Sleiman Azizi

Manpuku Kushi Mochi

A skewered rice cake truck in Enoshima

Sleiman Azizi
Sleiman Azizi   - 2 min read

From its beautiful ocean views to its classic temples and shrines, Enoshima Island is a visitor's paradise. But like many who visit, I feel the belly is often king, and Enoshima is royally served with a plethora of palate-pleasing treats.

While the tiny and pleasantly salty young sardine known as shirasu is the local delight, and the tako senbei octopus cracker is a snack marvel that uses the entire octopus, I can't help but be drawn to rice cakes. I love them. Give them to me roasted, dunked in sesame or soybean flour, or dipped in soy sauce, I can't resist the chance to nibble on mochi.

Heading out from Enoshima station on my way towards the island, I soon come across a food truck specialising in what they call kushi mochi, or skewered mochi. My eyes will light up. For real.

The signature dish of the Manpuku Kushi Mochi rice cake truck is its absolutely delicious miso-flavoured mochi. At only 200 yen, this skewered mochi is a delightful bargain. Japan's earthy flavours don't stop though, as they also offer kinako soybean flour-flavoured mochi and a black sesame flavoured one too. At a paltry 230 yen and 250 yen respectively, you are not going to break the budget trying one.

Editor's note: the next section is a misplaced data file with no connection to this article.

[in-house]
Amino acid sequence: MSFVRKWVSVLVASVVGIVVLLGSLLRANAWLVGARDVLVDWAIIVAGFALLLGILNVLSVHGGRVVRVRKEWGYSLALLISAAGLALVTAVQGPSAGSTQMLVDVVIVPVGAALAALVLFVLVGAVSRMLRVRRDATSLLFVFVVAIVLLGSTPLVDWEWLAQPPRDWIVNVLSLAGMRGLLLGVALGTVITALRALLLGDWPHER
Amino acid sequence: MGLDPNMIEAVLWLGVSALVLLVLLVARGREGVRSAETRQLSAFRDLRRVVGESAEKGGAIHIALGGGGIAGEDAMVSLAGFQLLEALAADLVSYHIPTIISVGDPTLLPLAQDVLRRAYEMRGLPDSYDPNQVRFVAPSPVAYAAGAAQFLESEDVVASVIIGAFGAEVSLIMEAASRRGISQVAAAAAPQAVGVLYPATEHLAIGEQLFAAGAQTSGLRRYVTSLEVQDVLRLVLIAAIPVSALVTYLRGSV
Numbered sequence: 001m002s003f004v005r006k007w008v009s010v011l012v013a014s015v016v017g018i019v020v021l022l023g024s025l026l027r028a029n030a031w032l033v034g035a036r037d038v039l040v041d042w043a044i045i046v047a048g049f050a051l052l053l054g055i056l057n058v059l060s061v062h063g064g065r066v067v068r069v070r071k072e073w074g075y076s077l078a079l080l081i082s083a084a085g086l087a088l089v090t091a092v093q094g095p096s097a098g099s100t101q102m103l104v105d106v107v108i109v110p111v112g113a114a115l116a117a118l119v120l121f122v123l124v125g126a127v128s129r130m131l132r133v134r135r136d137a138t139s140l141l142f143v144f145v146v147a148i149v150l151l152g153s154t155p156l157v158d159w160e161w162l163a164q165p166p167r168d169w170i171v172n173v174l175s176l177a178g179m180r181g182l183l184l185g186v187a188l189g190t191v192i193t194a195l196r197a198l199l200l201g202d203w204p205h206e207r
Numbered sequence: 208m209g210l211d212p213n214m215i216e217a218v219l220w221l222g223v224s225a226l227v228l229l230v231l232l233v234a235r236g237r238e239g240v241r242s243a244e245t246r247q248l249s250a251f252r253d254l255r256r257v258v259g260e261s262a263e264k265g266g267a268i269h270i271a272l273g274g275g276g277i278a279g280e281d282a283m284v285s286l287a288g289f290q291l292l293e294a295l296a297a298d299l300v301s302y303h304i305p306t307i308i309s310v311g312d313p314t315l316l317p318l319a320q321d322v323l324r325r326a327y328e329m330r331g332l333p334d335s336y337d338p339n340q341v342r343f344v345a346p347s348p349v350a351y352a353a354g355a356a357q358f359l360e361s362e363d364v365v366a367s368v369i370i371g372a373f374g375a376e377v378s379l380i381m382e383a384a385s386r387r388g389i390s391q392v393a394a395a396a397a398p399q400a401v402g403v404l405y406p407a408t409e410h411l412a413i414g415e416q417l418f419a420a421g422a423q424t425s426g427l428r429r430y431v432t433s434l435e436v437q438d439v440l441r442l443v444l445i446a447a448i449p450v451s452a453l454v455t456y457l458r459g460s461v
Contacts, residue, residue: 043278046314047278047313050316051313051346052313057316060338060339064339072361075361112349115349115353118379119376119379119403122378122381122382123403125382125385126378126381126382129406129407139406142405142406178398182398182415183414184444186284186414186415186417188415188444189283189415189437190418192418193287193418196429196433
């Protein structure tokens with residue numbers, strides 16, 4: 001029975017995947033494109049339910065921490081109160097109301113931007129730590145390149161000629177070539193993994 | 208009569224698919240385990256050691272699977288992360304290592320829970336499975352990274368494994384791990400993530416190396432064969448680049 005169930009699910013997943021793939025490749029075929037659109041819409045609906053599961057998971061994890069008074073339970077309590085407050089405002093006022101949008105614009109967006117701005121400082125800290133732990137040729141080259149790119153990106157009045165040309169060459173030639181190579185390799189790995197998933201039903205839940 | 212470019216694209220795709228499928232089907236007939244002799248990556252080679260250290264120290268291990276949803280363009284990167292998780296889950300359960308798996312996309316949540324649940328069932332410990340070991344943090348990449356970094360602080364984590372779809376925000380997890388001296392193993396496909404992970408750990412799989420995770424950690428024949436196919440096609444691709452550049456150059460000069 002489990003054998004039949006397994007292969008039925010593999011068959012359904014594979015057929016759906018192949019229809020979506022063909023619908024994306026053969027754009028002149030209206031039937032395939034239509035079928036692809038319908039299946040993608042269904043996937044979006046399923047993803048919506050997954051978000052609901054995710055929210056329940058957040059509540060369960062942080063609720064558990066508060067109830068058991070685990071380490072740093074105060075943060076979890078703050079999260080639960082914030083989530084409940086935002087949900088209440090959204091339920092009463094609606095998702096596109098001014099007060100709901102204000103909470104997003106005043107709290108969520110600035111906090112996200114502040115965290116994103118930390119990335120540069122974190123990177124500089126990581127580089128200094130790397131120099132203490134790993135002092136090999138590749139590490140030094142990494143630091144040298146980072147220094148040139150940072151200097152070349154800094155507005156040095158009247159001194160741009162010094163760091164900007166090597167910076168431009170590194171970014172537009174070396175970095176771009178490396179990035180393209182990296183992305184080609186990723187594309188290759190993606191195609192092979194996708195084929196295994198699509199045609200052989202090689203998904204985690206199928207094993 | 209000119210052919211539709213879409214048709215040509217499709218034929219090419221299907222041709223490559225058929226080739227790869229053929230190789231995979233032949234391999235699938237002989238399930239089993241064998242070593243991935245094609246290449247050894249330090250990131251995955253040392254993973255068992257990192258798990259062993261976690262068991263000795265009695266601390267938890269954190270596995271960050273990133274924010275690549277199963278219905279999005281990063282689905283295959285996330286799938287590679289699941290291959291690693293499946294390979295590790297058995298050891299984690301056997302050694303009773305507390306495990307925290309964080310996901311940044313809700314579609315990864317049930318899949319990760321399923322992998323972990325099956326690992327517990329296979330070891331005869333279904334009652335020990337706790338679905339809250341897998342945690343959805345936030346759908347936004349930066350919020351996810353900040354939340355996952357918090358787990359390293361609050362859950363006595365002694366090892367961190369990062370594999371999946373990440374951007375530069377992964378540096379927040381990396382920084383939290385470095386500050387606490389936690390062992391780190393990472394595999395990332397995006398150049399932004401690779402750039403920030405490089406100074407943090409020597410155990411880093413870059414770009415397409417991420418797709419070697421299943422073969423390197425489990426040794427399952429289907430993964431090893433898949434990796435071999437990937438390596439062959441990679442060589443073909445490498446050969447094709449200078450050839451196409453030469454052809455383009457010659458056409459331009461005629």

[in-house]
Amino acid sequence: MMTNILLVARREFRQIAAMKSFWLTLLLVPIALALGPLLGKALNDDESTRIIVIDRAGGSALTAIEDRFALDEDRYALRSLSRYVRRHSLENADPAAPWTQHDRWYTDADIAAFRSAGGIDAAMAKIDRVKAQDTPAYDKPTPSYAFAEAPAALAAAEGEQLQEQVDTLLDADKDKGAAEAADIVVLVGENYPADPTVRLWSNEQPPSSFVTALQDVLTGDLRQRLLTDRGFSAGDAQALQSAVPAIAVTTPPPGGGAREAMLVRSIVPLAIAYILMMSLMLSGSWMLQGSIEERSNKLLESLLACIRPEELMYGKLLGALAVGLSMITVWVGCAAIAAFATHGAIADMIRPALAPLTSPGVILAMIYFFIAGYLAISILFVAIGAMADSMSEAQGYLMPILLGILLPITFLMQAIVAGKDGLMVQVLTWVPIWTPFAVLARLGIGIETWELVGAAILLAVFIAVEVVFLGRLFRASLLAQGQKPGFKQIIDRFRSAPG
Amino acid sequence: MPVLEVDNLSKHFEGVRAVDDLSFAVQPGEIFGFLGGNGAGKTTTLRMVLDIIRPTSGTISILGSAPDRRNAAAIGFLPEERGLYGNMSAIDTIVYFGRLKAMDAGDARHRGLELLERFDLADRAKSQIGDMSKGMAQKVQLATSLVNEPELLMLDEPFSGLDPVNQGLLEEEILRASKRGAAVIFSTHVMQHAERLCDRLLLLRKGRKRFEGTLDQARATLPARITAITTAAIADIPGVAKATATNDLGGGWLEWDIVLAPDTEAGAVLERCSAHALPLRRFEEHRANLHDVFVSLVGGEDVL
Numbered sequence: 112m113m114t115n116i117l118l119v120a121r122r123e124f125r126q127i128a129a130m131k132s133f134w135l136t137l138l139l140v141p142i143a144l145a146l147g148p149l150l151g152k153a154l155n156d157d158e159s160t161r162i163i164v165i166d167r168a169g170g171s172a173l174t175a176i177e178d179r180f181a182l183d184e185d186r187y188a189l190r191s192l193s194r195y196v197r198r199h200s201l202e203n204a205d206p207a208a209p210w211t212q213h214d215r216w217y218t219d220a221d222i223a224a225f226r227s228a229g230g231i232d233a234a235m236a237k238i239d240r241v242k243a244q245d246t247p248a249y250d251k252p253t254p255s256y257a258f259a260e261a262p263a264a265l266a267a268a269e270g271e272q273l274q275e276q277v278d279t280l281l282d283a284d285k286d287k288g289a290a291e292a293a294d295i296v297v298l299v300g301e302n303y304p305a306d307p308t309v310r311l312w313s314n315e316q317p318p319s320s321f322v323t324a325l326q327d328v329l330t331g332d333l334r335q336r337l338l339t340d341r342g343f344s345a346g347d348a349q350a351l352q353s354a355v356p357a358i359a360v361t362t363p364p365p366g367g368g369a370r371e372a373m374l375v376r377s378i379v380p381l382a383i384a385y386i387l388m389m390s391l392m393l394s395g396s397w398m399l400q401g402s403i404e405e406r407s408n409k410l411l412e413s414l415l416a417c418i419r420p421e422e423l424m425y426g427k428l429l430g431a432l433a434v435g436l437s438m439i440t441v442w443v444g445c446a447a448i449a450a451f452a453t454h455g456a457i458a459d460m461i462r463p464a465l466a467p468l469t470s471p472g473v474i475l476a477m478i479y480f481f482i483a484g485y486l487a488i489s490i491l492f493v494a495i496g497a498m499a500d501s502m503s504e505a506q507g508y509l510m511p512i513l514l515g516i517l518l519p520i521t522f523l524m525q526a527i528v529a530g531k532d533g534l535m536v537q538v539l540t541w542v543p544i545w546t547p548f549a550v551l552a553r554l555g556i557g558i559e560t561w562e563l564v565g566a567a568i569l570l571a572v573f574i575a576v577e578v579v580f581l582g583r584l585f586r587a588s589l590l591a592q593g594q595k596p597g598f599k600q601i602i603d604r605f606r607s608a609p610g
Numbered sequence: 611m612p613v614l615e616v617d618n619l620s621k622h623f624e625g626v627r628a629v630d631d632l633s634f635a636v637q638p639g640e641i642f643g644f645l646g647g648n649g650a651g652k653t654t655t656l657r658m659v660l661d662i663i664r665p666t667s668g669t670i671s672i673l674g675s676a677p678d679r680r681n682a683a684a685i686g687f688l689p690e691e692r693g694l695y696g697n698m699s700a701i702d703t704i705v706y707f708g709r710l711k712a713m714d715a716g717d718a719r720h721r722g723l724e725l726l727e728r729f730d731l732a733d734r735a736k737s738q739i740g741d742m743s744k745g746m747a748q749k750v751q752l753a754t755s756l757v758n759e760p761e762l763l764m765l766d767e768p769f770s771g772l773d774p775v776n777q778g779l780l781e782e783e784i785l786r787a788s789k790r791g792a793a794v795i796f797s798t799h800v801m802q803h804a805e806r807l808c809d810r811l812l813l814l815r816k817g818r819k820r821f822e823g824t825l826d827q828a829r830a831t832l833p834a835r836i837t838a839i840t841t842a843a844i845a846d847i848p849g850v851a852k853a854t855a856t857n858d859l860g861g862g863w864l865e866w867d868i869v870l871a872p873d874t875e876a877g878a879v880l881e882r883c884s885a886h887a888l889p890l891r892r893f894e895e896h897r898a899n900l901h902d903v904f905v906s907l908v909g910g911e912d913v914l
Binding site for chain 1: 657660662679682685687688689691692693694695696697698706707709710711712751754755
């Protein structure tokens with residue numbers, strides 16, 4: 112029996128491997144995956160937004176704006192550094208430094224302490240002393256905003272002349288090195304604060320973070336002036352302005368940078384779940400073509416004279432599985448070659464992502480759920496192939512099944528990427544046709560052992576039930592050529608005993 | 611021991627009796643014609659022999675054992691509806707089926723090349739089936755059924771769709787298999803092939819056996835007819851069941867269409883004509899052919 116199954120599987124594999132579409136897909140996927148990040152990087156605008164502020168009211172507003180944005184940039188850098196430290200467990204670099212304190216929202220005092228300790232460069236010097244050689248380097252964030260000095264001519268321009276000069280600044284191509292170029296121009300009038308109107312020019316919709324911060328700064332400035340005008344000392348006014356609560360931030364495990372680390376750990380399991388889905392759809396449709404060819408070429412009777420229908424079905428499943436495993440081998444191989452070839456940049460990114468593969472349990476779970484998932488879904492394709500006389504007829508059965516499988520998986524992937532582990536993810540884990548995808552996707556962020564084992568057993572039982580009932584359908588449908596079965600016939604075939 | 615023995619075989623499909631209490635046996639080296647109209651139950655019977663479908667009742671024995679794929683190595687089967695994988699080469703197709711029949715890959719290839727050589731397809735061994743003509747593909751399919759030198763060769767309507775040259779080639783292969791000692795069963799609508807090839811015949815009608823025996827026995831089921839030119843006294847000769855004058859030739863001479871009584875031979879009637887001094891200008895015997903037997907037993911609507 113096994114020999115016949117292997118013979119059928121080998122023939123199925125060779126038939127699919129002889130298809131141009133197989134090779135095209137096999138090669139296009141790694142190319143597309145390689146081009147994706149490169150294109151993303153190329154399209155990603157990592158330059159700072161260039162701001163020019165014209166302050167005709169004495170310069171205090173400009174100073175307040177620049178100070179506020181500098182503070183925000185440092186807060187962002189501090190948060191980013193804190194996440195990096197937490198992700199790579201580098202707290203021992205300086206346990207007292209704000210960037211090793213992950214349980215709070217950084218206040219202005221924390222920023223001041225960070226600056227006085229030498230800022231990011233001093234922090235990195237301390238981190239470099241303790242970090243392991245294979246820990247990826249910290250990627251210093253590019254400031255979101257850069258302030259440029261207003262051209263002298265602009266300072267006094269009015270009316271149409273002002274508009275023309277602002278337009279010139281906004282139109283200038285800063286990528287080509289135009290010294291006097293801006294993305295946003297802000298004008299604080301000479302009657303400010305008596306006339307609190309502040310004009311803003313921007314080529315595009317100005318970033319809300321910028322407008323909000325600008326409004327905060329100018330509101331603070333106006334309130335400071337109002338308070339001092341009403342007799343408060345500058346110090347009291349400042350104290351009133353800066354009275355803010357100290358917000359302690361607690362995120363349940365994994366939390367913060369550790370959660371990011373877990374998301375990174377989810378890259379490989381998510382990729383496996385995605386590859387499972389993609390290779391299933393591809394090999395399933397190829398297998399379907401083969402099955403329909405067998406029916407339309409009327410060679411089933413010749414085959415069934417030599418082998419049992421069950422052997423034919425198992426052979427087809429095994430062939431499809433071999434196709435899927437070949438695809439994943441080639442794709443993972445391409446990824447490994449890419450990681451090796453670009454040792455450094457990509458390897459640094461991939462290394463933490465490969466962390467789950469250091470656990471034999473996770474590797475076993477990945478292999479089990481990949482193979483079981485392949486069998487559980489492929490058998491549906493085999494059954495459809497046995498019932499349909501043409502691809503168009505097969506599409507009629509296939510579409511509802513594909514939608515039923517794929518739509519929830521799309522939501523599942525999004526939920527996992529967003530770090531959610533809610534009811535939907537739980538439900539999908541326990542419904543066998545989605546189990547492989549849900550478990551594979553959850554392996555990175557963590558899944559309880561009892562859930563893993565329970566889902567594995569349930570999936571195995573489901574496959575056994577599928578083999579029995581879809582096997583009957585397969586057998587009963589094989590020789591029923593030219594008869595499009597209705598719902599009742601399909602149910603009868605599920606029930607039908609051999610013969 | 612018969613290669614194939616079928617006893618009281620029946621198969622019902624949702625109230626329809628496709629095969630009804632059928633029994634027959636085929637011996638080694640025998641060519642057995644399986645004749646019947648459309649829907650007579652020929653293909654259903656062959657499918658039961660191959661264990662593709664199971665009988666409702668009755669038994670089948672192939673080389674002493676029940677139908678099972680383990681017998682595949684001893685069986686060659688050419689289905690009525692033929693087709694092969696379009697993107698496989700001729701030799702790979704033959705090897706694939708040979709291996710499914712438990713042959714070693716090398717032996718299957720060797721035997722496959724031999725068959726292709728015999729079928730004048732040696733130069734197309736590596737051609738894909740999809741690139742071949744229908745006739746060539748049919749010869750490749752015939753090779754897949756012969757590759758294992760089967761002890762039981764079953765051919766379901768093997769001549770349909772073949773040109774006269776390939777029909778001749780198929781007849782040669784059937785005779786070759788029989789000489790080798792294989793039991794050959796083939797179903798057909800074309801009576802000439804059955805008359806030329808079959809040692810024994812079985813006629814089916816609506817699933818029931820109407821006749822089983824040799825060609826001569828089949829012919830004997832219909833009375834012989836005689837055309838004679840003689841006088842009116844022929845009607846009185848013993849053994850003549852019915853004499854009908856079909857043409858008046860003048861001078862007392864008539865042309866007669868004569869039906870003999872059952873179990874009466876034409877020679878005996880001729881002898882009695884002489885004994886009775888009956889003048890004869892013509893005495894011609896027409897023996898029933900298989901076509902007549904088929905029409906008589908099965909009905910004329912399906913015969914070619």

All of the kushi mochi are roasted to order. After your order, wait a couple of minutes for the proprietor to do his job. When he serves them to you, smile. You will be in heaven. Warm and firm yet soft and chewy, kushi mochi may not be the reason you visit Enoshima but it may very well be the reason you stay... just that little bit longer.

Getting there

On weekdays, Manpuku Kushi Mochi food truck is a short stroll from Enoshima Station in front of Subana Hall. On weekends and public holidays, the truck will be found further on by the entrance to the island itself next to Enoshima Island Spa.

Sleiman Azizi

Sleiman Azizi @sleiman.azizi

I'm a Japanese Permanent Resident with over 600 published articles on Japan as well as 5 English language books inspired by traditional Japanese literature.I'm also the Regional Partner for Tokyo, so if you've anything to say about Japan's never ending capital - or just Japan in general - don't b...